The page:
The 28-year-old plays like a man who won’t be denied, so it’s fitting he’s put together a tour de force season that makes it difficult to deny him the MVP either.
In any other year, Westbrook’s case wouldn’t even be up for discussion, but because this campaign has seen several players have career seasons and perform at such high levels, we’re somehow left deliberating whether a man averaging 31.9 points, 10.4 assists and 10.7 rebounds has been the best player.
Or, it should be clarified, the player who has produced the most this season. The title of best basketball player is already held in a vice-like grip by LeBron James. But there’s a reason why James doesn’t win MVP and Gregg Popovich doesn’t earn Coach of the Year every season – they’re season awards, not generational honours.
And yet, James is still in the discussion due to the monster 2016-17 he’s had, along with other top candidates James Harden and Kawhi Leonard. You could hand the MVP to any of the four and be justified, but it’s become harder and harder to look past Westbrook.
In theory, it’s weird not to have your MVP picked out this late into the season, as if a handful of games will make a difference on a year-long award. But that’s how difficult it’s been to distinguish one MVP frontrunner from the other.
Any voter that was left undecided, however, has likely been swayed by Westbrook’s tidal wave during this month, which has included him locking up the first triple-double average for a season since Oscar Robertson in 1961-62, before breaking the Big O’s record for most triple-doubles in a campaign.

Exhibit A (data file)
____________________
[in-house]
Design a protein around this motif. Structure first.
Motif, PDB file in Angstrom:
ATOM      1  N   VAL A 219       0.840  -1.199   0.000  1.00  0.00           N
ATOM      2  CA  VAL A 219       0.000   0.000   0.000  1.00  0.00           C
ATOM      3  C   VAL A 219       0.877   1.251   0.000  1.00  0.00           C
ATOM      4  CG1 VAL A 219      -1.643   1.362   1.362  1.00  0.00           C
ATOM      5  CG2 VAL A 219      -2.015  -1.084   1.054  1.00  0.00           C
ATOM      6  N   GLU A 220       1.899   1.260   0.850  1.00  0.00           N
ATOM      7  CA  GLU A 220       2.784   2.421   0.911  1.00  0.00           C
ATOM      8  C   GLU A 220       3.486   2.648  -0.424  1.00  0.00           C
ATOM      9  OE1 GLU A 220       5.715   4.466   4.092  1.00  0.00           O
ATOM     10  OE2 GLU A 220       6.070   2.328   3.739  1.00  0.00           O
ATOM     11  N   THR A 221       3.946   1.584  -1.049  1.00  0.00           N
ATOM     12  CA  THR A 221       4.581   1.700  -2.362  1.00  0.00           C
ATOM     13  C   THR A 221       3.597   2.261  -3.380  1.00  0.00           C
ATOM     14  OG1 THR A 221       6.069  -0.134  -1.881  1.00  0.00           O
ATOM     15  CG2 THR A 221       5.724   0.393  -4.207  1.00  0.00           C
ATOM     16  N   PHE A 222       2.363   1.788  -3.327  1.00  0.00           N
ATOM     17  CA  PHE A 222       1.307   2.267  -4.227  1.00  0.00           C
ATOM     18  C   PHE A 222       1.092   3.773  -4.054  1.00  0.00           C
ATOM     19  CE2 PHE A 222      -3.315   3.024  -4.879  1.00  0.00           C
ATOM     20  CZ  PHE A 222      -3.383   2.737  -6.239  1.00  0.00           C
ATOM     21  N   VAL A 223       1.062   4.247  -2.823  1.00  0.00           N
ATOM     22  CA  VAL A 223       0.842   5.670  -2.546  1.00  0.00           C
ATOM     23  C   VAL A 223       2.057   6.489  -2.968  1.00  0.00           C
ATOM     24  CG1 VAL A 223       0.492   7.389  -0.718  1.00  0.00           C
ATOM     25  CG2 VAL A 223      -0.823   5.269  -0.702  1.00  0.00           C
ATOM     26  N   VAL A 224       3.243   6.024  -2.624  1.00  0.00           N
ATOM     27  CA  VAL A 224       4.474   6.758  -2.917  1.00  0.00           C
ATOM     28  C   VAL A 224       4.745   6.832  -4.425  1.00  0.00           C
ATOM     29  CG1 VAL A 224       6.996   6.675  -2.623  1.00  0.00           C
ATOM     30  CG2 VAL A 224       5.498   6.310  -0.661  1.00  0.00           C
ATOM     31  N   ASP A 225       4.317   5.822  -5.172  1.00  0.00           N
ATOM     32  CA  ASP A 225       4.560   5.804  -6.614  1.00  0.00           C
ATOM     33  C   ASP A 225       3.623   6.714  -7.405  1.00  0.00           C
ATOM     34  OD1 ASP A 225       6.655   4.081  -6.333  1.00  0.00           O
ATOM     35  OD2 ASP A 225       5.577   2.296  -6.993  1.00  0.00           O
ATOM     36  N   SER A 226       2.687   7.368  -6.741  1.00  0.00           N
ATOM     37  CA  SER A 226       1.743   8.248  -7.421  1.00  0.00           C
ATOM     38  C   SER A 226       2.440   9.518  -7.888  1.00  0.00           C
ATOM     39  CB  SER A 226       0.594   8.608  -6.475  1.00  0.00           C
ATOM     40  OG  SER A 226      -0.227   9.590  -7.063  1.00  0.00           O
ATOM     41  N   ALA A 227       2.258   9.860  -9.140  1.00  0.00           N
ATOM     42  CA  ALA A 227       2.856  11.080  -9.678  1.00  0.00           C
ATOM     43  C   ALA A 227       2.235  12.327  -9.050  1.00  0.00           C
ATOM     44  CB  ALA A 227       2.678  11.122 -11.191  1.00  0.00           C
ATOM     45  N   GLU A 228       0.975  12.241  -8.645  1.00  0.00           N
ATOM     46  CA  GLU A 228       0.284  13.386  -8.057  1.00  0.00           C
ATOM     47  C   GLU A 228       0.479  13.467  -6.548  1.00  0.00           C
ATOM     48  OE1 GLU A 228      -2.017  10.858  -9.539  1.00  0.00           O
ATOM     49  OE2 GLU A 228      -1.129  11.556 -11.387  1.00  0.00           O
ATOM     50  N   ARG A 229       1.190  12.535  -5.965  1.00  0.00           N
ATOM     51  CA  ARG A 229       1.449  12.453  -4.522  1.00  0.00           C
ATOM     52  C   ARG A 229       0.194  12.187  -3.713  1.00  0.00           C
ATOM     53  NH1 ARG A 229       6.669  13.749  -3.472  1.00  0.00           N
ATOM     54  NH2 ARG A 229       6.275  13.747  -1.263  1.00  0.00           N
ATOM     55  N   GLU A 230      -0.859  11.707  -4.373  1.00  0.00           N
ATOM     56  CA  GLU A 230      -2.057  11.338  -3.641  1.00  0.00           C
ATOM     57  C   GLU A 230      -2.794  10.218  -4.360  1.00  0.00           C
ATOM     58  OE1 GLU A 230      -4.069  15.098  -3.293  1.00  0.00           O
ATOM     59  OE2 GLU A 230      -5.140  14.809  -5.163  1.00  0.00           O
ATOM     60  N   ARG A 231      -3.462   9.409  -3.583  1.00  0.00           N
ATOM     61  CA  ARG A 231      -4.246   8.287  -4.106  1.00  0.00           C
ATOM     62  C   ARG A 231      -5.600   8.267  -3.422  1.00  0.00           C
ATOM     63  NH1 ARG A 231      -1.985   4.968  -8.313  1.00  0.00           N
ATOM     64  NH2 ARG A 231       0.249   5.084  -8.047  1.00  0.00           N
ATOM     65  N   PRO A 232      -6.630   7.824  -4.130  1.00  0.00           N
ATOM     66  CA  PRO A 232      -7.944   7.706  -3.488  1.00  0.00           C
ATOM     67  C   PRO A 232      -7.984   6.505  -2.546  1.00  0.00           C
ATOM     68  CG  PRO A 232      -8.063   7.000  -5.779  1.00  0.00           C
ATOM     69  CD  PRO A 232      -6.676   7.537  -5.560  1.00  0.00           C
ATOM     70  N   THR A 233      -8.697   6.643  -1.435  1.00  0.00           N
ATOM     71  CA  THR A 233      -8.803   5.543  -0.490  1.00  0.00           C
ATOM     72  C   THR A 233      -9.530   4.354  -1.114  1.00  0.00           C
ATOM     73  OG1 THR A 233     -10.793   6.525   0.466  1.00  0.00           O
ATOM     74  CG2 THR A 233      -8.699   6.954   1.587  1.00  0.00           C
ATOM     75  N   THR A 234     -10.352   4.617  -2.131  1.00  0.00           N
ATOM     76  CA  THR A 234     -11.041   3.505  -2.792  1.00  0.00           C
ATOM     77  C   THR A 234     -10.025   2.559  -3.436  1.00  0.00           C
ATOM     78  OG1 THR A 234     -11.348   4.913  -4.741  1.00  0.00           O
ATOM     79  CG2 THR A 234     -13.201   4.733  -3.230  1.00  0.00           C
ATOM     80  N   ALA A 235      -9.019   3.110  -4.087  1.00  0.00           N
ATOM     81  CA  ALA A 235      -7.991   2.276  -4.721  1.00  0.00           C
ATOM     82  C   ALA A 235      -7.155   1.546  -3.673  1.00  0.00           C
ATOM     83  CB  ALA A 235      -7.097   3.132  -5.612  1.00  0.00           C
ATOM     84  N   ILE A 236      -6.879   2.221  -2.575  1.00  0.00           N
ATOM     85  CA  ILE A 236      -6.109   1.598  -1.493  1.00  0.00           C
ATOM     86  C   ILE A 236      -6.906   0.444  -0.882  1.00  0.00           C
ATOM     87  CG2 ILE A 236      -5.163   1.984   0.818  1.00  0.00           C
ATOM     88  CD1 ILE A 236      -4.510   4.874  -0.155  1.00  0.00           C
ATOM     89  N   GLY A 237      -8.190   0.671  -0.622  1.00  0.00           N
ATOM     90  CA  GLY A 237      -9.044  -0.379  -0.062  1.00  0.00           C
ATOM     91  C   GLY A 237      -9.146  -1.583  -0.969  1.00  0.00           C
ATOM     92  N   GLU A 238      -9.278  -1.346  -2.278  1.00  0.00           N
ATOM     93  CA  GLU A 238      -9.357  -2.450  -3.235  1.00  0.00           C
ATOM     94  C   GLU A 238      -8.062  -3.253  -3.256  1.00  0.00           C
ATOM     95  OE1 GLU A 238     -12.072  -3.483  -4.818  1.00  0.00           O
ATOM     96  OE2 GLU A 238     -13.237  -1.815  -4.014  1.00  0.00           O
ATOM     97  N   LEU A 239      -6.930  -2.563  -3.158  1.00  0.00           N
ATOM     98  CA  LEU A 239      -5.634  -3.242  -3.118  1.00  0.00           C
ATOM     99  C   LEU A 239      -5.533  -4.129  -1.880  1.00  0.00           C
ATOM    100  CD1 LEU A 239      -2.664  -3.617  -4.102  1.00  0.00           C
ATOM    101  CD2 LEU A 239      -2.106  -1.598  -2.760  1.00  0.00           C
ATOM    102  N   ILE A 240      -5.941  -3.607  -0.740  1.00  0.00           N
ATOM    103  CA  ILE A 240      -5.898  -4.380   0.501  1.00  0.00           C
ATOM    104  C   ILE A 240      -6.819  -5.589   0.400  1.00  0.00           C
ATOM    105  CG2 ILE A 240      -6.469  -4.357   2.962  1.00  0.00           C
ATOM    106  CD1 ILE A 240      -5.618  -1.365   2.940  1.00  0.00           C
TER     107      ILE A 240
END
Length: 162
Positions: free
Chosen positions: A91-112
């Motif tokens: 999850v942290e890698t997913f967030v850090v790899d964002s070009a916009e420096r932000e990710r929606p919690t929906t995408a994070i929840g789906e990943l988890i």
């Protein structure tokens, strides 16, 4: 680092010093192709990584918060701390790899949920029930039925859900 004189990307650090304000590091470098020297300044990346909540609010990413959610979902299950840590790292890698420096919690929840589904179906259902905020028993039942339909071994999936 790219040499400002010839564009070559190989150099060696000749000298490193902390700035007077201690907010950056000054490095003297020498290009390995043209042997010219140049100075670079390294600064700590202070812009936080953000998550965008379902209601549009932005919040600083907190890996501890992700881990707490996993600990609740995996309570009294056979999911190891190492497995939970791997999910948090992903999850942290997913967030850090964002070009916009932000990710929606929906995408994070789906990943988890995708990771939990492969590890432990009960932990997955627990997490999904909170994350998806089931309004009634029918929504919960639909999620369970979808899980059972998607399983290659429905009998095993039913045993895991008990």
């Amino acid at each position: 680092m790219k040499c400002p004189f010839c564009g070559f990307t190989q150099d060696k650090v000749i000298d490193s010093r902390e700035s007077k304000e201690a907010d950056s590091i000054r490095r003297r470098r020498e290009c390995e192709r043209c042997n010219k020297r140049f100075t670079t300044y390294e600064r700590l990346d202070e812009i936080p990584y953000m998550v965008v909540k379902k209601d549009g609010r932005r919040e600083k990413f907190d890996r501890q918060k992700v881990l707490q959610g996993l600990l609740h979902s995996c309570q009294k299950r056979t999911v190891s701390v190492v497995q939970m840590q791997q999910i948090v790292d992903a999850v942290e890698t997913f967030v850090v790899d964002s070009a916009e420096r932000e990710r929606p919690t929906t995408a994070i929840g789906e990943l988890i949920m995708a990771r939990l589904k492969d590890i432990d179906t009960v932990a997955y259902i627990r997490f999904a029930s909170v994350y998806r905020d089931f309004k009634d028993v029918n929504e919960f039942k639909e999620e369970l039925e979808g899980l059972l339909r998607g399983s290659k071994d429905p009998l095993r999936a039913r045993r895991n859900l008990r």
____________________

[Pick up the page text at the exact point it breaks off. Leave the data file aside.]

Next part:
Westbrook not only set the mark though, but did it in spectacular, storybook fashion by knocking down a 36-footer at the buzzer to eliminate the Denver Nuggets from playoff contention and cap off a jaw-dropping stat line of 50 points, 16 rebounds and 10 assists.
Forget the triple-doubles for a second and eliminate all the rebounds he’s grabbing – which could be considered ‘stat padding’ or inconsequential – and you still have to marvel at the fact he’s scored 40 points or more while dishing at least nine assists four times in the past seven games.
Meanwhile, James’ Cavaliers have continued to struggle post All-Star break, Harden’s efficiency has dipped and Leonard has remained, well, Leonard. If this was a horse race, Westbrook would be pulling ahead in the home stretch by a head.
Individual play isn’t the only factor though and Harden has somewhat of a point in saying: “I thought winning is what this is about – period.”
The irony behind Harden’s comment is that while it appeared aimed at Westbrook, it strengthens Leonard’s case, with the Spurs winners of 60-plus games and above Houston in the standings.
But winning is also what Westbrook has done, almost single=handedly, in carrying Oklahoma City to the playoffs after the departure of one of the five best players in the world in Kevin Durant. The minus-13.1 net rating difference when Westbrook plays and is off the court speaks for itself.
When we look back at this season, there’s no single player we’ll remember more than Westbrook. The definitive MVP case is being on the right side of history.
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